For these reasons, it is illegal in the United States and illegal under Geneva Conventions. Simulated drowning, or water boarding, was not considered an exception to these laws when it was used by the Japanese against US soldiers in World War II. In fact, we hanged Japanese officers for war crimes in 1945 for water boarding. Its status as torture has already been decided by our own courts under this precedent. To look the other way now, when Americans do it, is the very definition of hypocrisy." - Ron Paul
Monday, May 25, 2009
...why do we have to spend $5 billion in subsidies every year to keep it afloat?*
"Sadly, when a truly bad idea is exposed today, Washington's answer is to double-down on the bet, mandate more of the same, and make the problem worse." -BusinessWeek article
Yup. That explains ethanol, and so much more. It's a pretty versatile quote.
*This doesn't figure in the higher cost of foods which contain corn, and/or which used to contain sugar. HFCS is a very similar scam.
"Where we engage in [government ownership banks and auto companies] is with extreme reluctance and only because we think it's the necessary way to help reduce the risk of greater damage to businesses, to the basic fabric of the American economy," Geithner told The Post.
"And I say where we do it, we'll do it only temporarily, try to make sure we get out as quickly as we can." AP Article via Yahoo!
Considering the government's track record of fixing problems, and then moving on, I wouldn't hold my breath.
Wednesday, May 20, 2009
Monday, May 18, 2009
"History shows the dangers of calling the end of economic downturns too soon.
President Franklin D. Roosevelt made this mistake in 1936 when, believing the Depression largely over, he sought to pare back public spending and to balance the federal budget. It torpedoed a fragile recovery and pushed the economy back under water in 1937.
Japanese leaders made a similar mistake in the 1990s when they prematurely — and temporarily — withdrew government stimulus spending, helping to prolong Japan's recession to one that lasted a full decade." - AP Article
This is not a fact. It's an opinion. One with which I disagree.
Tuesday, May 12, 2009
Here's a quick video I took with my D90. Video isn't ideal on it, but it works well for the 2 minute or less clips I take of Gretchen. The quality is great, but the lack of autofocus makes it tough for some things. The only other real gripe is the wobble effect. I'll have to get something different by the time she's running around playing sports, but I'm sure I'll have a new camera by then anyway.
Saturday, May 09, 2009
In some ways, I'm looking forward to seeing her grow up. It will be really nice to be able to talk with her, play with her, and teach her to do things. Then again, she'll only be like this for a very short time. We'll have to make sure we enjoy things as they're happening.
Friday, May 08, 2009
He was regulated by government bureaucrats, like this one.
"Obama Seeks to Halve Defense Spending Growth by 2010"
This sounds good, right? It makes it sound like we've got a president who's ready to cut back on excessive military spending.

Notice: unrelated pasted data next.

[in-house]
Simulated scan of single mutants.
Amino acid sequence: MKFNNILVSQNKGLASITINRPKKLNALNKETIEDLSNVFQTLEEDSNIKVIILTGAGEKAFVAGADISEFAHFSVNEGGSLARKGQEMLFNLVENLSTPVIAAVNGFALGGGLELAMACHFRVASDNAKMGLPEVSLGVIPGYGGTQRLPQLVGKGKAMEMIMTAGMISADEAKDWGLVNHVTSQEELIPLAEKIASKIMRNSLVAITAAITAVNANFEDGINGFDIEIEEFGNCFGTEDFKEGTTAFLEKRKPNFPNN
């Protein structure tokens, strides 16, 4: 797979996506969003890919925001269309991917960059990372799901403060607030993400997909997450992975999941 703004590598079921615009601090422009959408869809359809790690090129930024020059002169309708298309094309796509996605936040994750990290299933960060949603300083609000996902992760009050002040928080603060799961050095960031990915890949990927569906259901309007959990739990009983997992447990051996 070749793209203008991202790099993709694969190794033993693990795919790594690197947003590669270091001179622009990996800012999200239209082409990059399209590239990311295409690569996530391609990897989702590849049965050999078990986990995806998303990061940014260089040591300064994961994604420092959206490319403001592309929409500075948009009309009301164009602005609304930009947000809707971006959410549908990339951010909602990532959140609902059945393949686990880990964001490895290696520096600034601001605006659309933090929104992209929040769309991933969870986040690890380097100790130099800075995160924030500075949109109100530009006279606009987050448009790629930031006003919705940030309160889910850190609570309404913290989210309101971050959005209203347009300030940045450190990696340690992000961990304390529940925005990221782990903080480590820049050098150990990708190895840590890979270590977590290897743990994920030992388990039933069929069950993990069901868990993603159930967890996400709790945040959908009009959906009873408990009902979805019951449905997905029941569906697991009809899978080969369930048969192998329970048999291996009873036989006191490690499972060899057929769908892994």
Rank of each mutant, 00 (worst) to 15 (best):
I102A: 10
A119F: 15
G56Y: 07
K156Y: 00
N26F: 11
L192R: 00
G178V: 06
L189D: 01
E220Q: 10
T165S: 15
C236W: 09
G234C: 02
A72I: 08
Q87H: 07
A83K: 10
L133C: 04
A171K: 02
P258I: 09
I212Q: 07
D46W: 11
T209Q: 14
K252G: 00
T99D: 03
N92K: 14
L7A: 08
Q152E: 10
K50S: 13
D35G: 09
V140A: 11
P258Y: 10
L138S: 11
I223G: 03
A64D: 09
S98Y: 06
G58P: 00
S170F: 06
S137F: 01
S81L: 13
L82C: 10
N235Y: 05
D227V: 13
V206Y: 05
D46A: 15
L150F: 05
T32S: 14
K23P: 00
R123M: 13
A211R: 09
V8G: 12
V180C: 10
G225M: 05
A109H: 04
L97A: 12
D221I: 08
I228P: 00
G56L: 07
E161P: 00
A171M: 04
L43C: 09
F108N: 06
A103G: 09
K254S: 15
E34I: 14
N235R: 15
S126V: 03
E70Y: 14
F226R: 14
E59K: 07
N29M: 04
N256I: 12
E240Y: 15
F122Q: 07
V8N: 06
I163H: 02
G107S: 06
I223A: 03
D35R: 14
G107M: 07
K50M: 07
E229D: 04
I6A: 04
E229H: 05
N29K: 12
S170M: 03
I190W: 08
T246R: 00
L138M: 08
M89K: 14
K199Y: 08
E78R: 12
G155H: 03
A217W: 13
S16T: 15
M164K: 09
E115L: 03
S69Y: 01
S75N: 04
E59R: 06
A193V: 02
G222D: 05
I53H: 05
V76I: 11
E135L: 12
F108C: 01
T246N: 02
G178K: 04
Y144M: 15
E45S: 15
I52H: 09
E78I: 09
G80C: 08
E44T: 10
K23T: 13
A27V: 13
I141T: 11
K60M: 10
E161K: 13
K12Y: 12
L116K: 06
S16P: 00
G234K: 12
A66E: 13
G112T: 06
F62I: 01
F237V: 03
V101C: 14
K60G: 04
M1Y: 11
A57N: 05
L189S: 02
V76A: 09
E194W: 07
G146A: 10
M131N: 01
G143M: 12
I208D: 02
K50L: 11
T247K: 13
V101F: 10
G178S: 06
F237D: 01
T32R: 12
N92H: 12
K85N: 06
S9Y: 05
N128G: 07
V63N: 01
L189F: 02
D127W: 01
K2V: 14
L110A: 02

Let me restate that for you:
"Obama Seeks to Halve Defense Spending Growth by 2010"
Did you catch it that time? This merely means that Obama plans to increase military spending next year by 2%, adjusted for inflation, as opposed to the average 4% annual increases that occurred under Bush.
Let's put it another way:
"Obama's proposed defense budget is higher than it ever was under Bush, even while he was fighting two wars on the other side of the planet."
That doesn't sound so good now, does it? When you figure that the number in Bush's last year was a 73% increase over what we spent in 2000, it looks even worse.
If a runaway train headed for a cliff starts accelerating at 5 MPH instead of the 10 MPH at which it was once accelerating, it's still going off the cliff, and will be going faster when it does than at any previous point.
This is not progress. Military spending is still going up, not down. It's just not going up as fast as it did under Bush. That's not an achievment, if you ask me.
Thursday, May 07, 2009
$17 billion seems like a lot, until you compare it to the budget. How about a visual aid:
Let's compare just the added expenses to the cuts:
The budget increase is 20 times the amount of the cuts. This is like taking one step forward, and 20 back. Or killing 20 people to save one life, and then patting yourself on the back for the life you saved. While that example seems ridiculous, the Federal Government's done it before. But in the case of the 1976 swine flu vaccinations, the results were statistically even worse. The vaccine killed 25 people compared to the one person who died from the flu.
Don't forget that this budget increase comes on top of top of the largest Federal budget in history. But then again, that could be said every year.
EDIT: I had a request to put this in pie chart format. Here it goes:*
*For some reason, I couldn't get Google Docs Spreadsheet program to change the word "Other" to "Proposed Budget Cuts". And for the record, this isn't a joke. I wanted to use a pie chart originally, but it was so small in comparison it didn't show up. I used the bar graph instead, so people wouldn't get confused.